Many languages have a three way comparison idiom where comparing two values produces not a boolean, but a tri-state value. Typical values (e.g. as used in the lcmp/fcmp bytecodes from Java) are -1 for less than, 0 for equality, and +1 for greater than.
We actually do a great job already of converting three way comparisons into binary comparisons when the result produced has one a single use. Unfortunately, such values can have more than one use, and in that case, our existing optimizations break down.
The patch adds a peephole which converts a three-way compare + test idiom into a binary comparison on the original inputs. It focused on replacing the test on the result of the three way compare and does nothing about removing the three way compare itself. That's left to other optimizations (which do actually kick in commonly.)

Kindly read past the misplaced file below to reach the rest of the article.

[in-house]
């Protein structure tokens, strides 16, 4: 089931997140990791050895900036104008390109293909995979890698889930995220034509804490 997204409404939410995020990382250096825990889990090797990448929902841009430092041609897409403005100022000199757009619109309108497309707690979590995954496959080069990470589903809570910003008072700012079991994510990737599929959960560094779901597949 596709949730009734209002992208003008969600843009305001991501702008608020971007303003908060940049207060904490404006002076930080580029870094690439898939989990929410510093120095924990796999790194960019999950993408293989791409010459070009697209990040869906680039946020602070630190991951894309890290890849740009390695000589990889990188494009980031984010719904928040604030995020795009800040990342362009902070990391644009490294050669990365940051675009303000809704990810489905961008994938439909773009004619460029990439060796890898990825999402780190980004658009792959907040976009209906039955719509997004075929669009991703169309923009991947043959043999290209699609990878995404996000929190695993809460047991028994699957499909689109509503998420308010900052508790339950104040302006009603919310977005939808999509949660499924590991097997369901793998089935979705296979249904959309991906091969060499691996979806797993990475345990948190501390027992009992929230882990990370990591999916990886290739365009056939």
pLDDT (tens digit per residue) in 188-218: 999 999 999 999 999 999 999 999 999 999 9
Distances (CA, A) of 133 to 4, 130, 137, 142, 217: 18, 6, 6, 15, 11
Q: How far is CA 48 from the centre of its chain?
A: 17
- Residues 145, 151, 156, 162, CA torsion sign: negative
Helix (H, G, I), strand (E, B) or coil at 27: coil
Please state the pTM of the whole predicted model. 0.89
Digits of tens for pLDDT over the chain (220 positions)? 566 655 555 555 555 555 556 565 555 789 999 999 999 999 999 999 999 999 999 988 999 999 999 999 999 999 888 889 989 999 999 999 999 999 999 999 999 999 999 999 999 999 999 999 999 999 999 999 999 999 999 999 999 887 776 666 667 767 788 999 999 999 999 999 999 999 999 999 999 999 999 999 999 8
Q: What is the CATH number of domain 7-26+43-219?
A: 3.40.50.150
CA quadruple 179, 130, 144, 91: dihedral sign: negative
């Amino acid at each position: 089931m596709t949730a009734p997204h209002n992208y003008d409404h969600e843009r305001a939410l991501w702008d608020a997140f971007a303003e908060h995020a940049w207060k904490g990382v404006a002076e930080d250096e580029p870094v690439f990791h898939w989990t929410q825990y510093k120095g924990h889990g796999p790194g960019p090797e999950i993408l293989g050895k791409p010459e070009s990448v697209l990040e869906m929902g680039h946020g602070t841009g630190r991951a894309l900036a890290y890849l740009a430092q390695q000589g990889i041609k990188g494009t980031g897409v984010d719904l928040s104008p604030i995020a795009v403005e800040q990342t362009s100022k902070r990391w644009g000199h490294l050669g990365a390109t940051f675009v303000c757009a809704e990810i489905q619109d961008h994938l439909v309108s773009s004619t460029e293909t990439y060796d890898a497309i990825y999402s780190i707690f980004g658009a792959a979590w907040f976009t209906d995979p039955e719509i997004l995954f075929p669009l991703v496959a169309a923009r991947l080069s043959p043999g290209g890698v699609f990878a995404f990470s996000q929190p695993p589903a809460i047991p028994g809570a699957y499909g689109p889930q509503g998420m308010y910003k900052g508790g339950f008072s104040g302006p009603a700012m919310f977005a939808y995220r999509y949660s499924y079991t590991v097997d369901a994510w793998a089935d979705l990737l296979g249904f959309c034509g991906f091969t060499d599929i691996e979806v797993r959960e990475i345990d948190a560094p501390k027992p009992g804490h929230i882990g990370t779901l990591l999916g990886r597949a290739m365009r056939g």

I specifically only matching a single select idiom at the moment. We don't need to worry about phis since we canonicalize selects into phis. We should handle (or canonicalize) a larger family of select idioms, but I wanted to start small and iterate. Similarly, the current patch only adds support for signed compare idioms. Future work could add unsigned idioms, and possibly floating point idioms. I did try to generalize over the actual values returns by the three way compare so that the transform might kick on more than just the idiomatic three way comparison.